Since its creation in 1818, the New York State Library has been a repository of official state publications of the legislative, executive, and judicial branches, commissions, public authorities, and other agencies of state government. The Library is the official New York State Document Depository and has the world's largest collection of New York State documents.
In order to make New York State documents easily accessible to all citizens, the New York State Library established the state depository system in 1955. Through this system approximately 100 libraries throughout the state and hundreds of other institutions across the United States and abroad, received a wide variety of documents from the Gift and Exchange Section of the State Library on a regular basis. The system received little publicity and, due to only partial legislative support, did not include the full range of publications emanating from the many state agencies, offices, and departments.
In June of 1993, the New York State Document Depository Program was recognized in law with the approval of Chapter 176, Laws of 1993. This statute describes the depository program structure and lays out the responsibilities of the New York State Library and other agencies. The law stipulates that every state officer, department, commission, institution, authority, legislative committee, and board is to send 30 copies of any report, which it has printed to the State Library.
The depository program was redesigned in 1989 and nearly 300 libraries around the state participated as depository libraries, research depository libraries, reference centers, or information and access centers for New York State documents.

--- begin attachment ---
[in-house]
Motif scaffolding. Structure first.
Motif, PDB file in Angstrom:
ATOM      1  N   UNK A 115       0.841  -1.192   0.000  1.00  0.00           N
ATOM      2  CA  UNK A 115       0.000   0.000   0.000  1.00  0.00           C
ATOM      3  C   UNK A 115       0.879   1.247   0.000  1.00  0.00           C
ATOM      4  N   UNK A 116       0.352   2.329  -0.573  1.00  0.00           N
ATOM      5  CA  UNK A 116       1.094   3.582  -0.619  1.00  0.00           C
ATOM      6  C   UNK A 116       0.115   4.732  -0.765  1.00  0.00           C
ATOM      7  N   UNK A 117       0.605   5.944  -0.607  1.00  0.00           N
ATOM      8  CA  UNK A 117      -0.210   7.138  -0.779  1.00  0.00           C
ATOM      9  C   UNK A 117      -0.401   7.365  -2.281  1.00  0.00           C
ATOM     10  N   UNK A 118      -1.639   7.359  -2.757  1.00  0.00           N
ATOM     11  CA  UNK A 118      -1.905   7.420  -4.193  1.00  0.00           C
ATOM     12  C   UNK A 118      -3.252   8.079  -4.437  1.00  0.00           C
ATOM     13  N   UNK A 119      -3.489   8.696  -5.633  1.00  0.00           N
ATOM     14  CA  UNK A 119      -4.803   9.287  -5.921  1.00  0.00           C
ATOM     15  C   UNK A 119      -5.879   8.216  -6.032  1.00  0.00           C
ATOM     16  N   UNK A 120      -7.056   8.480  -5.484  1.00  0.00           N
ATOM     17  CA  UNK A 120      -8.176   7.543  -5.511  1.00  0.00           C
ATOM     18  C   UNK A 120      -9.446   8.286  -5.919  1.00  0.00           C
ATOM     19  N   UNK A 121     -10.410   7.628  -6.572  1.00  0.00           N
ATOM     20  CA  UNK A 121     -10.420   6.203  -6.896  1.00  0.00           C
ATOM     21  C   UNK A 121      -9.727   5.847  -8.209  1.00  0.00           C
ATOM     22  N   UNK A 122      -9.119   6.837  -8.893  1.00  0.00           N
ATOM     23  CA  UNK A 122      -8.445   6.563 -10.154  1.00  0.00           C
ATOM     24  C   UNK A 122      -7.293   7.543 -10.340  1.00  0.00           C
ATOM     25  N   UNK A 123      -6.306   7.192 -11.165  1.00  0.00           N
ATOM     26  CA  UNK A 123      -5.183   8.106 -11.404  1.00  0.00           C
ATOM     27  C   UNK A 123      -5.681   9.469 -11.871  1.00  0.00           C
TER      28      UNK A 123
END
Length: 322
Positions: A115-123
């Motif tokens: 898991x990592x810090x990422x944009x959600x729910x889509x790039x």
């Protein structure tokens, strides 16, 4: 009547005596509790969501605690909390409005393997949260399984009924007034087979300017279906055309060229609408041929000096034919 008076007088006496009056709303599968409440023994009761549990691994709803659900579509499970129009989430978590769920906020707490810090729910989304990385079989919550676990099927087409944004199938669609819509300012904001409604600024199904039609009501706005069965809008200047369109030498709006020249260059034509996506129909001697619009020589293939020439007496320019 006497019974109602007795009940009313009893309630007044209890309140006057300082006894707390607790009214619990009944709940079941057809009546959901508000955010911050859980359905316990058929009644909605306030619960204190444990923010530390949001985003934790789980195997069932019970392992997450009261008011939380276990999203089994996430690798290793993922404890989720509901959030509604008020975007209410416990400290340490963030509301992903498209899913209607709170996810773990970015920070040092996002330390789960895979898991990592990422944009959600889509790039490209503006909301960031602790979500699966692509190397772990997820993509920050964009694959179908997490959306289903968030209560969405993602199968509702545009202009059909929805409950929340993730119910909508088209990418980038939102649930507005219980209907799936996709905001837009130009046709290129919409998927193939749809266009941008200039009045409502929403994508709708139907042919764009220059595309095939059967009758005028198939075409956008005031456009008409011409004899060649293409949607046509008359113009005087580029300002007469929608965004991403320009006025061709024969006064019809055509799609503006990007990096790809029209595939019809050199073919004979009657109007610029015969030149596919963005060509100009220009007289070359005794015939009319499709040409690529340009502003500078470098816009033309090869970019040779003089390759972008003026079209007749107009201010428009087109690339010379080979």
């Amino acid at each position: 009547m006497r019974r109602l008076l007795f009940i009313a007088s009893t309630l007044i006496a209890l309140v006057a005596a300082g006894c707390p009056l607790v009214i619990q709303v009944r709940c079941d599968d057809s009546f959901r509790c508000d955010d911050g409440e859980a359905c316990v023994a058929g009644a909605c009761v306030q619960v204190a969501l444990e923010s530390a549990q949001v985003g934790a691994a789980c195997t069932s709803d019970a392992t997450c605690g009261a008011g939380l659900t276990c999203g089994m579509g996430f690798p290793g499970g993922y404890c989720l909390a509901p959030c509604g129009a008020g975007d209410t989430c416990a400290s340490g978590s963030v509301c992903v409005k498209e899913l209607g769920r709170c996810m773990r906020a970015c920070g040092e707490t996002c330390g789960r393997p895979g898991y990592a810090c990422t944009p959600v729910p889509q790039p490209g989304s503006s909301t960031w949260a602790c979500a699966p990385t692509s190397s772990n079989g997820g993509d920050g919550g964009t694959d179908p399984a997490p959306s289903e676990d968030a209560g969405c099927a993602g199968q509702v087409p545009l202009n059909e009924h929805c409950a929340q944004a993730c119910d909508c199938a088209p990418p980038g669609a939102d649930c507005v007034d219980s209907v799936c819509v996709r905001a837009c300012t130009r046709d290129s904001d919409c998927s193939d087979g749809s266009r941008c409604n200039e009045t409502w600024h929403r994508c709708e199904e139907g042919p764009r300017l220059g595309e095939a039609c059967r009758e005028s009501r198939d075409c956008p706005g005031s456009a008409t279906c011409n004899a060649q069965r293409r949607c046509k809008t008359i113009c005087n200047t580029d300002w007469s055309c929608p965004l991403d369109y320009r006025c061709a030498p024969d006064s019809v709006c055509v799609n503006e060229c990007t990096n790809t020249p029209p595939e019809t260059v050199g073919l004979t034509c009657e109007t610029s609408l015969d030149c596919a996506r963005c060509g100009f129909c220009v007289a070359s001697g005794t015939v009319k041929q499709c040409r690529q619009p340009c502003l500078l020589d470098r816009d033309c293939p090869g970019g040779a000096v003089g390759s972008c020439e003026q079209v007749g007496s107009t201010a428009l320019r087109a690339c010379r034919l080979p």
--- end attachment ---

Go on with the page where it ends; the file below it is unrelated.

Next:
From 1989 through 1994, publications were filmed to ensure permanent preservation and availability, and copies of the fiche were sent to 20 public, college, and university libraries in New York State that were designated as microfiche depositories. Paper copies were also sent to 20 additional libraries designated as paper depositories for New York State documents.
Since the 1989 redesign, advances in technology brought about significant changes in electronic publishing and distribution. The Internet and the explosion of born-digital information dramatically improved public accessibility to government information. The new technology was also seen as a cost savings measure during difficult budgetary times. The resulting reductions in the number of documents printed and distributed via the depository program, combined with the success of the State Library's long-running document digitization program, provided the perfect backdrop to move the program into the 21st century.
A new depository program was introduced in January 2010, which eliminated all program participation levels, except for the historic D-level paper depository libraries. The core list of reference titles was also discontinued at this time. The depository libraries across the state continue to receive tangible materials, when quantities permit.
The Core List of Reference Titles was created as part of the 1989 redesigned depository program. Over the years, a reduced number of paper copies made large-scale distributions to Reference Centers, Depository Libraries, and Research Depository Libraries impossible. The core list was eliminated as part of the 2010 redesigned program.